Title: Hpmc Reinforced with Different Cellulose Nanoparticles Authors
Submitted to: Carbohydrate Polymers
Publication Type: Peer Reviewed Journal
Publication Acceptance Date: June 21, 2011
Publication Date: October 15, 2011
Repository URL: http://www.elsevier.com
Citation: Bilbao-Sainz, C., Bras, J., Williams, T.G., Senchal, T., Orts, W.J. 2011. HPMC reinforced with different cellulose nanoparticles. Carbohydrate Polymers. 86(4): 1549-1557. Interpretive Summary: In the food, agricultural, pharmaceutical and cosmetic industries there is strong interest in creating new products based on starch and oil systems in which emulsions and nano-emulsions can be used as delivery systems for non-polar functional components. These systems require microbial, chemical and physical stability as an important quality criterion. We obtained a stable starch-lipid composite by mixing a completely gelatinized HACS solution with emulsions containing cinnamaldehyde as antimicrobial agent. We observed an increased stability when using emulsifier. In this case, the homogenizer was capable of forming smaller droplets, as the size of the oil droplet decreased, the starch-lipid interface increased facilitating the formation of amylose-lipid inclusion complexes. We also proved the antimicrobial properties of the composites against Listeria monocytogenes. The composites produced from nanoemulsions were more efficient in killing the bacterial cells as compared with the composites produced from emulsions. The effectiveness of the nanoemulsion was attributed to the higher surface area of the lipid droplets containing cinnamaldehyde in contact with the microoganisms.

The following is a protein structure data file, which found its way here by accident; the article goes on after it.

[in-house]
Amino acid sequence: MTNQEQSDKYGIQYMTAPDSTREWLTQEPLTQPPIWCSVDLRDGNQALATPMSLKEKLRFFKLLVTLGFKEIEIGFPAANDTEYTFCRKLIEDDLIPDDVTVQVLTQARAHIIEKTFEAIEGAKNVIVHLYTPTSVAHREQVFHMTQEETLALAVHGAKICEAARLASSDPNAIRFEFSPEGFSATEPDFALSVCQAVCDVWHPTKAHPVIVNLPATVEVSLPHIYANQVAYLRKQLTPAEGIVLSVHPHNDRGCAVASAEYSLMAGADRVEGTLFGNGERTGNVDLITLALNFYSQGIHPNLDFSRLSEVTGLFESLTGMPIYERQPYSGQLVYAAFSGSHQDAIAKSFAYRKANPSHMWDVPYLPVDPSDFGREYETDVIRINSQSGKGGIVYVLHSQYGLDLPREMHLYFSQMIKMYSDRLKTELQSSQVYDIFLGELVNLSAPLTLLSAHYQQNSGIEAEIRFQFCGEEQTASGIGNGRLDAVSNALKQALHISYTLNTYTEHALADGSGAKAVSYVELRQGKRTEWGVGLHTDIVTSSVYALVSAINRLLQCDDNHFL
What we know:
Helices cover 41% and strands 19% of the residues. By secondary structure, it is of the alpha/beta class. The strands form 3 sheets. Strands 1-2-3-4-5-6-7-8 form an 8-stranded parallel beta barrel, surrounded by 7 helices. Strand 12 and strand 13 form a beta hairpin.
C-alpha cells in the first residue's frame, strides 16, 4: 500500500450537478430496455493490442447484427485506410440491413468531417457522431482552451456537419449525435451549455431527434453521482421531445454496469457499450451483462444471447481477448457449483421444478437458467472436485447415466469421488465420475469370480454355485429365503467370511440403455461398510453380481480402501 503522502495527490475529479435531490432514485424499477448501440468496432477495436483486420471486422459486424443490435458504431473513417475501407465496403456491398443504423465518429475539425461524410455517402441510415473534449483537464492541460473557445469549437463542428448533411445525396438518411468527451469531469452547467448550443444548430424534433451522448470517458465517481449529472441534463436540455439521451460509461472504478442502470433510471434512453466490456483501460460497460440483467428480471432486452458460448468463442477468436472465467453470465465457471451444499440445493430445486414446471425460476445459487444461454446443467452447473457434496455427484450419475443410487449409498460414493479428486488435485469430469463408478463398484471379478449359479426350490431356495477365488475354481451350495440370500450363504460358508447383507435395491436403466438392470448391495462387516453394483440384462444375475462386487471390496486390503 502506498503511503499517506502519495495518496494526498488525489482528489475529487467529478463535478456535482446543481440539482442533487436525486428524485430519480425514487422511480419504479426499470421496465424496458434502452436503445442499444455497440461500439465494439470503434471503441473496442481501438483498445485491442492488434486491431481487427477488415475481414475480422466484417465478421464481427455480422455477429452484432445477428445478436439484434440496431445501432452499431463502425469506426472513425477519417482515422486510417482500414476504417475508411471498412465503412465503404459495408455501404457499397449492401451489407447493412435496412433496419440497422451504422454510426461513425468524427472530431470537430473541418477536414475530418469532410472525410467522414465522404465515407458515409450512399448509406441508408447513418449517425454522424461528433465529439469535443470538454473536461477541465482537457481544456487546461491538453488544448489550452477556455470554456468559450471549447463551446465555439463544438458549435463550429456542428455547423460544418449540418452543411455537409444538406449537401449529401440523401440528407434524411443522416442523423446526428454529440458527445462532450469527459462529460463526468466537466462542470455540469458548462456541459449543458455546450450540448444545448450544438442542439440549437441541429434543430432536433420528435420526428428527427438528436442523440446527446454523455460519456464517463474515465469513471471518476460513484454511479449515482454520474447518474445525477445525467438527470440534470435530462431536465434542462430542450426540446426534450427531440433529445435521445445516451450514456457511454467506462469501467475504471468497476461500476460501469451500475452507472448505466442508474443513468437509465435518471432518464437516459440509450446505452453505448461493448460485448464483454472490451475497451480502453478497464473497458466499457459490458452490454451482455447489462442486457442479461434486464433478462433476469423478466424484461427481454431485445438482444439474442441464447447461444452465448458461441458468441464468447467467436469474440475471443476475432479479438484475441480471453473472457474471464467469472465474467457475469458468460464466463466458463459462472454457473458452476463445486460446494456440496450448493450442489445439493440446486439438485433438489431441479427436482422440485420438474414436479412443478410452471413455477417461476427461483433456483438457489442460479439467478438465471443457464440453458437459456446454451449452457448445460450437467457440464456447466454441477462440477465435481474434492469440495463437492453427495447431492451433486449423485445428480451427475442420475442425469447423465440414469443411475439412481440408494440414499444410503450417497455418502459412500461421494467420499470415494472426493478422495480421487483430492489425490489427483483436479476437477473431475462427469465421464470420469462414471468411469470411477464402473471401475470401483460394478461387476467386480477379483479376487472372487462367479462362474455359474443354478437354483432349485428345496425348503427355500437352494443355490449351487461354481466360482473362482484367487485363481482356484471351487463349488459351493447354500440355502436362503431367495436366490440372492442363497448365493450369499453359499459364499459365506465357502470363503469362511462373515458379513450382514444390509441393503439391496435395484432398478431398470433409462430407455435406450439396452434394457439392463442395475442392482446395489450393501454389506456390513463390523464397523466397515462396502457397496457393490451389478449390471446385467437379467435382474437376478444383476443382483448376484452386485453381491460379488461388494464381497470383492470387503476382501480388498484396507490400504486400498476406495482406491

Technical Abstract: The formulation of a starch-lipid composite containing cinnamaldehyde as antimicrobial agent has been studied. Cinnamaldehyde was incorporated as an emulsion using Acetem 90-50K as a carrier and Tween 60 as the emulsifier. Oil in water emulsions were prepared by direct emulsification using a high shear mixer or a high pressure homogenizer (Microfluidizer). Oil in water emulsions containing cinnamaldehyde were further used to prepare starch-oil composites by mixing the emulsions with a completely gelatinized starch solution (waxy starch, native corn dent starch and high amylose corn starch). Results demonstrated that in the presence of the emulsifier Tween 60, stable composites could be obtained when sufficient amount of amylose was present in the sample. Finally, stable composites were tested for its biocidal activity against Listeria monocitogenes; no survivors reminded after 1 day of incubation with 0.25 % cinnamaldehyde or after 7 days with 0.025% cinnamaldehyde.